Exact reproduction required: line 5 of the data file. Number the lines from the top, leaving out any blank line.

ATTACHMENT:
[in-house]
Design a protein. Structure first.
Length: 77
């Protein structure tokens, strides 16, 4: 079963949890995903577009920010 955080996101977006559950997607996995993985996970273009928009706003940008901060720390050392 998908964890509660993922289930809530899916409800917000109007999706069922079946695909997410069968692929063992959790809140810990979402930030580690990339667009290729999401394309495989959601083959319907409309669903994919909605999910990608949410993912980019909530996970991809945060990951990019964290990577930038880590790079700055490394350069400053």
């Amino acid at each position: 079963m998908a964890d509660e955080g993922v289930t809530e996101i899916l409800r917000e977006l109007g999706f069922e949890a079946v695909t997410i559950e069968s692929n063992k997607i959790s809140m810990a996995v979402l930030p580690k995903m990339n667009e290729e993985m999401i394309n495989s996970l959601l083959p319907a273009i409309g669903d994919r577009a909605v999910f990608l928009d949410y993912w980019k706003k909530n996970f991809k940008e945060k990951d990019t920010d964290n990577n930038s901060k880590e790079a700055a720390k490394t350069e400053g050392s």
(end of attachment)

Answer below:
């Amino acid at each position: 079963m998908a964890d509660e955080g993922v289930t809530e996101i899916l409800r917000e977006l109007g999706f069922e949890a079946v695909t997410i559950e069968s692929n063992k997607i959790s809140m810990a996995v979402l930030p580690k995903m990339n667009e290729e993985m999401i394309n495989s996970l959601l083959p319907a273009i409309g669903d994919r577009a909605v999910f990608l928009d949410y993912w980019k706003k909530n996970f991809k940008e945060k990951d990019t920010d964290n990577n930038s901060k880590e790079a700055a720390k490394t350069e400053g050392s």